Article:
It had been different before, out on the plains with the Believer Tribes, before the revolution and the move to the great cities. They had ridden beneath the Maintainer's Eye, had praised Him with faces prostrate in the sand and warred against His enemies in righteous battle. Those days had been sere, swift and harsh. Now life was fat and full of water. Slow. Bloated. Jafar looked up at the ceiling of his room, charting the familiar cracks and imperfections in the plaster. Sleep was a long time in coming. When it did come, he dreamed of a little moon that he held in the palm of his hand until a thousand, thousand moths came up from the earth and ate it away to nothing before his eyes as their wings raised great clouds of dust.

His daughter Naree's exasperated voice woke him. “Father, you've hardly eaten anything in a fortnight. What mother would think if she could see you here, living like a bachelor! Maintainer's eyes! She'd have a fit.”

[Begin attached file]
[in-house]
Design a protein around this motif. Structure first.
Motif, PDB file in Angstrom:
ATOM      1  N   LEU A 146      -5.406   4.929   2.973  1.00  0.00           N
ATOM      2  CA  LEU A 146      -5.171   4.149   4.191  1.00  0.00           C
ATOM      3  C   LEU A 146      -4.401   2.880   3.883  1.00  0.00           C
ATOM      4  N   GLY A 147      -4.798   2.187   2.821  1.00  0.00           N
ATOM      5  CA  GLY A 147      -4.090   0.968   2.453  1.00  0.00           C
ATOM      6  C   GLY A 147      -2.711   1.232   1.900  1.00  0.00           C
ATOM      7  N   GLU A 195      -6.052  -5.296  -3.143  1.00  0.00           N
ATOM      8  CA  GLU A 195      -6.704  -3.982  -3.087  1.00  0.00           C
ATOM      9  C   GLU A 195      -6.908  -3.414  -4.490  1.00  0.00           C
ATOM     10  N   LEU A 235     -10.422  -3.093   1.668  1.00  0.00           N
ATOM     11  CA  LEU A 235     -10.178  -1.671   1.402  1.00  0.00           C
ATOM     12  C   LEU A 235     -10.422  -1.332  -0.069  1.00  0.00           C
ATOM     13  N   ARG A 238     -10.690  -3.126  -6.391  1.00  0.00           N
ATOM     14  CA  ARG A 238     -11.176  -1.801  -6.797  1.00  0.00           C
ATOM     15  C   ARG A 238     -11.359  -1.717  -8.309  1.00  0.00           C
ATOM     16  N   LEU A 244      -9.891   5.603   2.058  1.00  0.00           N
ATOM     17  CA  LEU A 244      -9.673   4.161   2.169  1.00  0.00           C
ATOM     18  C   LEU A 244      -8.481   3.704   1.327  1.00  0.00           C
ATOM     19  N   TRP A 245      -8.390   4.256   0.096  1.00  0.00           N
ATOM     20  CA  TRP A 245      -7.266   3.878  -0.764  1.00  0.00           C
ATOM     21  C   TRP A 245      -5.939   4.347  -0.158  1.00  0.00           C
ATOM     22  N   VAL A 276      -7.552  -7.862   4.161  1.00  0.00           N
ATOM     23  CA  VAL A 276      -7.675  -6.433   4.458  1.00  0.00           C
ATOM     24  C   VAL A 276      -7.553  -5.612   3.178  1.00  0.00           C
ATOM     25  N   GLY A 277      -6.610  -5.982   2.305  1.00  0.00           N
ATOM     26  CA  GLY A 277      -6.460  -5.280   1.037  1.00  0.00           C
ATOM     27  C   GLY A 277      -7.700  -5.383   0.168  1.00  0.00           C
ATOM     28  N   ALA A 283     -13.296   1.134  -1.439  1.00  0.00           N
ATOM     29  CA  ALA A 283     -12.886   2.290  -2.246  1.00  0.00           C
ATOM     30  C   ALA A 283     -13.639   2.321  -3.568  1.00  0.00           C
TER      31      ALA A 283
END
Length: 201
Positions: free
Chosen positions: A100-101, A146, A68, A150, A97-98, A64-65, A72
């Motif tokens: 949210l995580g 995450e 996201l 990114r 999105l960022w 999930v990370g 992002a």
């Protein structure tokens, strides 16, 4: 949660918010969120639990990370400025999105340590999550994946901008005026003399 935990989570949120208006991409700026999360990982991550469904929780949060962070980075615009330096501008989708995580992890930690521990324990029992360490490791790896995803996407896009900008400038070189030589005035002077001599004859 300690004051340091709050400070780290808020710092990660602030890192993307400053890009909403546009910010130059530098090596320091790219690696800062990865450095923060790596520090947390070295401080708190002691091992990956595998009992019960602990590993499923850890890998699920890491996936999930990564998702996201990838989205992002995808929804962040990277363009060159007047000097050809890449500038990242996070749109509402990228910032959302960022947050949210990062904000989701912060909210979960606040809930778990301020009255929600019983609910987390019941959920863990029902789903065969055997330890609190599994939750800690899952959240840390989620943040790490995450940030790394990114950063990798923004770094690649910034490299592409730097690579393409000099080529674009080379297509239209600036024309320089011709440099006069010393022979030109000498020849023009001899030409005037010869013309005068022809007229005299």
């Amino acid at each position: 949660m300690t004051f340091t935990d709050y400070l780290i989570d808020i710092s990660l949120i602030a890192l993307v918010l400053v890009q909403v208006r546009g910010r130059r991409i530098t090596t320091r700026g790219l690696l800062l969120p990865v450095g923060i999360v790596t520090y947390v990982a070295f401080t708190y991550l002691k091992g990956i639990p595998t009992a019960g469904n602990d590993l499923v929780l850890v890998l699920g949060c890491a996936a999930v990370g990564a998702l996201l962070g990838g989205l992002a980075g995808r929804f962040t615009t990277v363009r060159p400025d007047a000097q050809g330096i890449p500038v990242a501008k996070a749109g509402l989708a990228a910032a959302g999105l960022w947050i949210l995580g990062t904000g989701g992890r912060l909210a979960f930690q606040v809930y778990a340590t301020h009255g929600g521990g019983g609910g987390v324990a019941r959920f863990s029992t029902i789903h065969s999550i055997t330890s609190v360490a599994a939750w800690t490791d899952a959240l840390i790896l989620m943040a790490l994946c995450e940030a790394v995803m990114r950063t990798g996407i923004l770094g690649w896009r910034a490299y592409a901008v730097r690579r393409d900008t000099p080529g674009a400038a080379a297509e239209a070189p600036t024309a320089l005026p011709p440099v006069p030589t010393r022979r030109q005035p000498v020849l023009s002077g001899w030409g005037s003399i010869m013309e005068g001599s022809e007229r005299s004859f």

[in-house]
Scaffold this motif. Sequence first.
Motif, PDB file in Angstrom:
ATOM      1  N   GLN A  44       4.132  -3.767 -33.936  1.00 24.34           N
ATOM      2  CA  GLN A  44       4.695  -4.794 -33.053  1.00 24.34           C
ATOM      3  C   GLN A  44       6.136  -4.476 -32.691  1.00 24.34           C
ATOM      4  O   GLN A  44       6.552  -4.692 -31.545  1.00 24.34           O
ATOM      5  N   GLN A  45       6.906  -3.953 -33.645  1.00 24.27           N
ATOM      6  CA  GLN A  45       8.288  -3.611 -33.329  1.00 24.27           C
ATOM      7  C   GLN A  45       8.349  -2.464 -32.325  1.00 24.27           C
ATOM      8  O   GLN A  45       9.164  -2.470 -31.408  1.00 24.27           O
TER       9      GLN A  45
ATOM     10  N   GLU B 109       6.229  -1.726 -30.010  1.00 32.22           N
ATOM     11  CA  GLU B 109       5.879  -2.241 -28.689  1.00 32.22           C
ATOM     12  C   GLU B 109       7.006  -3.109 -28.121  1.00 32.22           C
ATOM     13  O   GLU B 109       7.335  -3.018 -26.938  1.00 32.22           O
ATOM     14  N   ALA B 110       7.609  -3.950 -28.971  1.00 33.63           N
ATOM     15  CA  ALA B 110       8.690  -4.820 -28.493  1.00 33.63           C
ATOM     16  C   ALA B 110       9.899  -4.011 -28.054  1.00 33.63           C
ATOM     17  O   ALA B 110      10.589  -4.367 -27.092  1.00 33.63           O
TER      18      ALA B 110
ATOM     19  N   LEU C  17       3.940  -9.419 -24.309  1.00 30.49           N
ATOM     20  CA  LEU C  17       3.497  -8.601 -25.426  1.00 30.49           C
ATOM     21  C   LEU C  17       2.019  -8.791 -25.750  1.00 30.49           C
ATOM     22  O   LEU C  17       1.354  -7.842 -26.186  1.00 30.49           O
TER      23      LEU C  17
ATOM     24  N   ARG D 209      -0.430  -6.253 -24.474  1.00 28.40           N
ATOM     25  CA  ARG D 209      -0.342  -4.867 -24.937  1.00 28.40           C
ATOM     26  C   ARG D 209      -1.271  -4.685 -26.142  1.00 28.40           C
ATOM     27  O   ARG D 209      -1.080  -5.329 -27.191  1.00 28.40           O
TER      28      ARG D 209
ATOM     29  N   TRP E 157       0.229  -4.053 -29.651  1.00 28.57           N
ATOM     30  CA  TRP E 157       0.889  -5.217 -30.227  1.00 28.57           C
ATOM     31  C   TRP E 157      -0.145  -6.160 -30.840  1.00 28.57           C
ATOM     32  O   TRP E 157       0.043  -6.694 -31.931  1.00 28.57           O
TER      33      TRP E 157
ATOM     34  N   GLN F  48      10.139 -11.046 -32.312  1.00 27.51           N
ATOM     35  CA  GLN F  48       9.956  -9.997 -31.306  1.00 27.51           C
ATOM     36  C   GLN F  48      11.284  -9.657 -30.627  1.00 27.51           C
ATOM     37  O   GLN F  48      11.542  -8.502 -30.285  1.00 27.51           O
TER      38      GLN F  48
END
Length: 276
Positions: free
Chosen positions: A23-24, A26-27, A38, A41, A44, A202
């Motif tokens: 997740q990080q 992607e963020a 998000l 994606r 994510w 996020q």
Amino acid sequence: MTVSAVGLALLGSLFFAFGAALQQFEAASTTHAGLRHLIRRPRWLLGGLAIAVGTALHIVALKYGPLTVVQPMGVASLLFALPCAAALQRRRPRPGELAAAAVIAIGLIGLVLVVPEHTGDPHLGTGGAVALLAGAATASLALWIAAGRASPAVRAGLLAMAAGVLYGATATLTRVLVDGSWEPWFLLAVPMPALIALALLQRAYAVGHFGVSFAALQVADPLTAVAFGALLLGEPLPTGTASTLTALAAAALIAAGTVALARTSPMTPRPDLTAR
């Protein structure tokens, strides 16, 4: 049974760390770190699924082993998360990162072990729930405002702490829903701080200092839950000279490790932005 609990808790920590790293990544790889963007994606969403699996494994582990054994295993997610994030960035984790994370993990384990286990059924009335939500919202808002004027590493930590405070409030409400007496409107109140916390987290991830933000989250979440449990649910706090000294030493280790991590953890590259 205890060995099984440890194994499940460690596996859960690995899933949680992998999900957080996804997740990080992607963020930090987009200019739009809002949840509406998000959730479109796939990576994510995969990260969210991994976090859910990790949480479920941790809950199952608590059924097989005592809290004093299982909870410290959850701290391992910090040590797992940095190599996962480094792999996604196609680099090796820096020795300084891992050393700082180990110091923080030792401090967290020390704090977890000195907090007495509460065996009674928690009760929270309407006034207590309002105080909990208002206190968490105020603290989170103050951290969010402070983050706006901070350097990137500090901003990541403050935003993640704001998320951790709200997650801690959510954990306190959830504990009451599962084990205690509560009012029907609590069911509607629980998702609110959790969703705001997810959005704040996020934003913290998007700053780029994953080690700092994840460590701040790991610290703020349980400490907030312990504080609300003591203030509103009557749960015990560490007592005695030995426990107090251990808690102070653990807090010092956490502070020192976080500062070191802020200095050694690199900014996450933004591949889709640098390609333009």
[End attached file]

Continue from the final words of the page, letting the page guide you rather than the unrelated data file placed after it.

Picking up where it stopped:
Jafar sat up groggily, blinking sleep from his eyes. Naree glared at him from the doorway, a shorter, darker-haired reflection of his long-dead Jani. “I'm to attend His Holiness in an hour,” he growled, swinging one leg over the edge of his bed. His limbs were stiff and weary, but through his narrow window he could see the first hint of the sun's light creeping up over the city.

Naree moved into the room and set down a tray laden with porridge, apricots, dates, oranges, lemon-roasted ovirus chicks and a cup of goat's milk. Jafar's stomach turned over just looking at it. “Too rich,” he grunted, limping to his bureau. He threw open its doors and pulled out a clean grey sherwani and a white underrobe. Fumbling with numb fingers he dressed himself while his daughter scowled at him. Willful, like her mother. He could feel his temper fraying already.

“Jamshid agha says you'll not use your cane.”

Jafar buttoned his sherwani, fingers warming to the task. “I don't need the accursed thing.”

“He says your hip is worsening, father. Perhaps you could-”

“A man's word is law beneath the roof of a virtuous House,” said Jafar as he straightened the collar of his underrobe. “I won't have my daughter telling me what to do. It isn't seemly, Naree.”

“But Jamshid is your physician, father,” protested Naree, close to tears. “You must at least listen to him! Let him explain-”